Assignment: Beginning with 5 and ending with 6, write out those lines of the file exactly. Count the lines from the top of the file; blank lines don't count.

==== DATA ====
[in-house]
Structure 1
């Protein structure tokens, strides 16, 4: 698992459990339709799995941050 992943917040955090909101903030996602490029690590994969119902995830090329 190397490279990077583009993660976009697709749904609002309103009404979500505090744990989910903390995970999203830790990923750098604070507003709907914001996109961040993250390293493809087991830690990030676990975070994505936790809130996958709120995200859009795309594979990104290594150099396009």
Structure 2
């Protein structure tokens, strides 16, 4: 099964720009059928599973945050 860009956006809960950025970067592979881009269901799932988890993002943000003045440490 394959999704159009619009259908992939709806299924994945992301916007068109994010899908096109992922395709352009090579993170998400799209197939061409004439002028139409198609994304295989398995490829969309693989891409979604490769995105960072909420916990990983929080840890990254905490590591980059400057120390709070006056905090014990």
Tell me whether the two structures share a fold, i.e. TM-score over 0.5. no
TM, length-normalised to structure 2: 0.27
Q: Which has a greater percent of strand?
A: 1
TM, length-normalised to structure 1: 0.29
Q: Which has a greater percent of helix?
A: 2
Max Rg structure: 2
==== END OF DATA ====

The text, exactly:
């Protein structure tokens, strides 16, 4: 099964720009059928599973945050 860009956006809960950025970067592979881009269901799932988890993002943000003045440490 394959999704159009619009259908992939709806299924994945992301916007068109994010899908096109992922395709352009090579993170998400799209197939061409004439002028139409198609994304295989398995490829969309693989891409979604490769995105960072909420916990990983929080840890990254905490590591980059400057120390709070006056905090014990």
Tell me whether the two structures share a fold, i.e. TM-score over 0.5. no